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Tau Protein, Synthetically
Myriam
Posted: Monday, January 23, 2012 11:41 AM
Joined: 12/6/2011
Posts: 3326


(Source: Chemical and Engineering News) - Researchers in Germany have developed a method for producing a synthetic version of tau protein labeled with phosphate at a specific site. Being able to make a full version of tau - one of the main actors in Alzheimer's disease - and to chemically modify it at a specific amino acid site should help scientists uncover more about the mechanism by which tau's malfunction leads to disease.

Normally, tau stabilizes microtubules, which act as scaffolding inside cells such as neurons. But in Alzheimer's, enzymes add an excessive number of phosphate groups to tau, causing it to dissociate from the microtubules and form tangled fibers inside nerve cells.

Although researchers have known about the more than 30 sites on tau that become phosphorylated, said Christian Hackenberger of the Free University of Berlin, they haven't been able to investigate them individually or in desired combinations. That's because conventional techniques for producing the protein and labeling it with phosphate can't be controlled site-specifically.

Go to full story: http://cen.acs.org


Lane Simonian
Posted: Monday, January 23, 2012 2:34 PM
Joined: 12/12/2011
Posts: 5140


Here is an abstract which implicates peroxynitrites in the hyperphosphorylation and nitration of tau proteins. http://www.ncbi.nlm.nih.gov/pubmed/16816118 

 

Peroxynitrites have been linked either directly or indirectly to almost all aspects of Alzheimer's disease.  This again is why peroxynirtite scavengers have been effective in multiple animal studies, case studies, and clinical trials in Alzheimer's disease. 


JAB
Posted: Wednesday, January 25, 2012 4:37 PM
Joined: 11/30/2011
Posts: 740


Lane, I'm a little surprised by your statement that clinical trials have shown antioxidants to be beneficial to Alzheimer's patients.

In fact, the Wolozin paper I just posted about, on statin therapy, talks about the many failures of compounds that were expected to be beneficial, on the basis of epidemiological studies or animal studies, but that failed in large, well-designed clinical trials ... among them anti-oxidants such as Vitamin E.  Statins themselves reduce oxidative stress and their use has been linked to a decrease in the incidence of Alzheimers, but statins failed miserably in two large, double-blind, placebo-controlled prospective clinical trials.  

Another review I read recently also emphasized that treatments based on the prevention of oxidative damage have failed in clinical trials.  It cited a major trial on high-dose folate, vitamin B6 and vitamin B12 supplementation that failed to show any efficacy, even though homocysteine levels were reduced, and also mentioned the failures of the vitamin E, omega-3 fatty acid, and Ginkgo biloba trials.
http://tan.sagepub.com/content/4/4/203.short

Both of these papers emphasize that just because a mechanism, such as peroxynitrite oxidative damage, is known to be involved in the Alzheimer's pathology cascade, does not mean that a treatment targeting that mechanism will be effective.  And both emphasize that results from animal studies can be very misleading.

So ... I'm curious as to what clinical trials have shown antioxidants to be beneficial to Alzheimer's patients.
Lane Simonian
Posted: Wednesday, January 25, 2012 7:58 PM
Joined: 12/12/2011
Posts: 5140


You have asked some good questions and I will try to answer them one by one.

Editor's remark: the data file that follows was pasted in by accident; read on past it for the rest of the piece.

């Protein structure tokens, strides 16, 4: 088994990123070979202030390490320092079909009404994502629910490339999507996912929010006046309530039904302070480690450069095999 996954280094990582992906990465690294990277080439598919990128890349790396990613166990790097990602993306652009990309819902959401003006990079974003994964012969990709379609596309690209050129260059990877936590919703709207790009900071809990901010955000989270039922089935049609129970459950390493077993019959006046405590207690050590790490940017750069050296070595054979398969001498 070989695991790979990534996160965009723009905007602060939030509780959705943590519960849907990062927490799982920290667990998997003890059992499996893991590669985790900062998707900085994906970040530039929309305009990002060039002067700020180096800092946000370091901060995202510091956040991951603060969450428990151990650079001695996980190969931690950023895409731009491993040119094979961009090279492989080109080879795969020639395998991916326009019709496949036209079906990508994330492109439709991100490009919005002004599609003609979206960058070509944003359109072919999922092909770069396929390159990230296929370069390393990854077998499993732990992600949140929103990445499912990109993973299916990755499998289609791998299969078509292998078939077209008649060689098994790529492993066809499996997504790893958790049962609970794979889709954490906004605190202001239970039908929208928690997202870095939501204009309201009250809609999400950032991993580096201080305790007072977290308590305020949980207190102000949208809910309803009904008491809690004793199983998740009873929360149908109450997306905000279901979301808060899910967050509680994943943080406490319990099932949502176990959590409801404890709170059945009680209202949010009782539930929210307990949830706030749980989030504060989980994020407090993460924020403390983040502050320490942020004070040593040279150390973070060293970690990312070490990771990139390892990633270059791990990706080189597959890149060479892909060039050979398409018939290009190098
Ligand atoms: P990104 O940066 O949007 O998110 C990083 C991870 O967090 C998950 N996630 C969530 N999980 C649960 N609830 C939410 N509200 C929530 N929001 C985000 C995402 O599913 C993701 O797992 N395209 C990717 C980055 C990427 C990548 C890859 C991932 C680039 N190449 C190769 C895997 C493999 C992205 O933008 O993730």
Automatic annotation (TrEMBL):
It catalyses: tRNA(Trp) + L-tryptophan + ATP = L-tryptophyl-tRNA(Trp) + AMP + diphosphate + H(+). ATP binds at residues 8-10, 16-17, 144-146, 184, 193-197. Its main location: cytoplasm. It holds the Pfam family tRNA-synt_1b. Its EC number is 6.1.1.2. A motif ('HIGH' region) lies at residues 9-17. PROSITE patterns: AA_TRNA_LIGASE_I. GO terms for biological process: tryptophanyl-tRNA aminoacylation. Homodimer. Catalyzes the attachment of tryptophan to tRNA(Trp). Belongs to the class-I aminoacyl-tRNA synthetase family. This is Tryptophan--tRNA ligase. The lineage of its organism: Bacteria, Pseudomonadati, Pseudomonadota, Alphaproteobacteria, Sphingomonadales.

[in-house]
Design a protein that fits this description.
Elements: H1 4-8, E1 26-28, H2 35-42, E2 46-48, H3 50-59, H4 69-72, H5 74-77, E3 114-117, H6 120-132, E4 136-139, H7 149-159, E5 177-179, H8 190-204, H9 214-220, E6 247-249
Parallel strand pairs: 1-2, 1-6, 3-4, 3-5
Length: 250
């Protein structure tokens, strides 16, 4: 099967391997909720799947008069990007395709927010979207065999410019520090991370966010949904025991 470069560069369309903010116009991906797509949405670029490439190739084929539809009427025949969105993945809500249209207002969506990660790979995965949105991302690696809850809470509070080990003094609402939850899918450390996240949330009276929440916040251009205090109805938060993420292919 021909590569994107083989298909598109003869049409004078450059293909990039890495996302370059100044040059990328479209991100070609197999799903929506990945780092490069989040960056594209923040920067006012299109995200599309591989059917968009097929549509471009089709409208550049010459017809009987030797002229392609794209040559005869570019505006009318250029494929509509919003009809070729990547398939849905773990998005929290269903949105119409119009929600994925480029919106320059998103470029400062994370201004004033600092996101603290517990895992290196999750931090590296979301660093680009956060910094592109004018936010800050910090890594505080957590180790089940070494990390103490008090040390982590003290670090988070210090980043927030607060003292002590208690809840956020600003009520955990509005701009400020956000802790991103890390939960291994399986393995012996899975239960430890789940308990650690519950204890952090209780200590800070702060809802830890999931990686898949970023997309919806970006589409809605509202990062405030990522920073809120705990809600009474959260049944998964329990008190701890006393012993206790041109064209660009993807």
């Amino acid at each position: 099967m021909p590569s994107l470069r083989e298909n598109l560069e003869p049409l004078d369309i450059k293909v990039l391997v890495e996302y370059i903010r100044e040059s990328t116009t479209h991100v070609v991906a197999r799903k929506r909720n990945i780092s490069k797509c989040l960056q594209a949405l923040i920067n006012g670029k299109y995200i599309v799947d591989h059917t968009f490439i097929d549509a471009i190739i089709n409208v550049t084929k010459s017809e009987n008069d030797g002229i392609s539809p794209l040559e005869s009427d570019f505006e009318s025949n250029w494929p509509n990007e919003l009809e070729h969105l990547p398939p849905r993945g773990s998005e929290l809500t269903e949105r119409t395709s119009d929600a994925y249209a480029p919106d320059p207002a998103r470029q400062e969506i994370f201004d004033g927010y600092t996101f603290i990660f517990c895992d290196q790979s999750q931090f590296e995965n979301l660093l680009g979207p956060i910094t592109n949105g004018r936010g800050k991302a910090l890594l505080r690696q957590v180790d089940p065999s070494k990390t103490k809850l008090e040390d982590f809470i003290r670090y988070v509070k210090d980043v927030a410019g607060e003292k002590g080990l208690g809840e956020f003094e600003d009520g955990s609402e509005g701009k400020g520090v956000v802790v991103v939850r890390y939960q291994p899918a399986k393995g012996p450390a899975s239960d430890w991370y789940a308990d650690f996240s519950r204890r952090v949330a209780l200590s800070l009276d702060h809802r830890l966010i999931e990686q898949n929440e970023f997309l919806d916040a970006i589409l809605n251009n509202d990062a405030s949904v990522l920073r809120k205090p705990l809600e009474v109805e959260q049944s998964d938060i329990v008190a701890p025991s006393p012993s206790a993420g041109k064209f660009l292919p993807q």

First, statins, as far as I understand are not antioxidants.  They limit g protein activation http://www.ncbi.nlm.nih.gov/pmc/articles/PMC209420/ which may be of some limited preventive help for some individuals and they may increase high density lipids which may be of particularly help to those with the APOE4 gene http://www.ncbi.nlm.nih.gov/pubmed/16973905 before the disease has started, but they appear to be of no use once a person has Alzheimer's disease.  The results from the studies regarding statins are just about what I expected.

 

Alpha tocopherol (the most commonly used form of Vitamin E) is not a peroxynitrite scavenger, but gamma tocopherol and probably gamma tocotrienols are.  With studies on Vitamin E and Alzheimer's disease (and other diseases) it is important to know what form of vitamin E is being used.  http://www.lef.org/Vitamins-Supplements/Item00559/Gamma-E-Tocopherol-Tocotrienols.html 

 

Ginkgo biloba is not a peroxynitrite scavenger.   http://www.ncbi.nlm.nih.gov/pmc/articles/PMC3035570/ 

It does not appear to be useful for the treatment of Alzheimer's disease.

 

Folate and Vitamin B12 can be peroxynitrite scavengers (but apparently not Vitamin B6), but whether the levels necessary to achieve this scavenging ability are possible in Alzheimer's patients has not be determined.  As you correctly not Folate, Vitamin B12, and Vitamin B6 can potentially lower homocysteine levels which is a major factor in peroxynitrite formation once the disease progresses, although even if they lowered homocysteine levels substantially, they likely would not reverse much if any of the damage done by peroxynitrites (unless given in very high doses which may not be safe).

 

Omega 3-fatty acids inhibit the formation of peroxynitrites (which helps explain their potential use in delaying the onset of the disease), but I have not found evidence yet that Omega 3-fatty acids are peroxynitrite scavenger.

 

So a number of the compounds you mention are not peroxynitrite scavengers, and as you note just because something is a peroxynitrite scavenger does not mean that it will reach the brain in sufficient quantities to reverse the disease.

 

Unfortunately, I do not have access to the types of compounds being used in various clinical trials using antioxidants in the treatment of Alzheimer's disease.  A number of them are ongoing.  The most promising one to date appears to be

the Souvenir trials.http://www.emaxhealth.com/1275/medical-food-souvenaid-helps-memory-mild-alzheimers 

 

Although inflammation is involved, oxidation, nitration, and calcium influx are the hallmarks of Alzheimer's disease.  All are the products of peroxynitrite and its derivatives. My contention is that if you find an effective peroxynitrite scavenger you have a chance to at least partially reverse the disease.


Lane Simonian
Posted: Wednesday, January 25, 2012 10:33 PM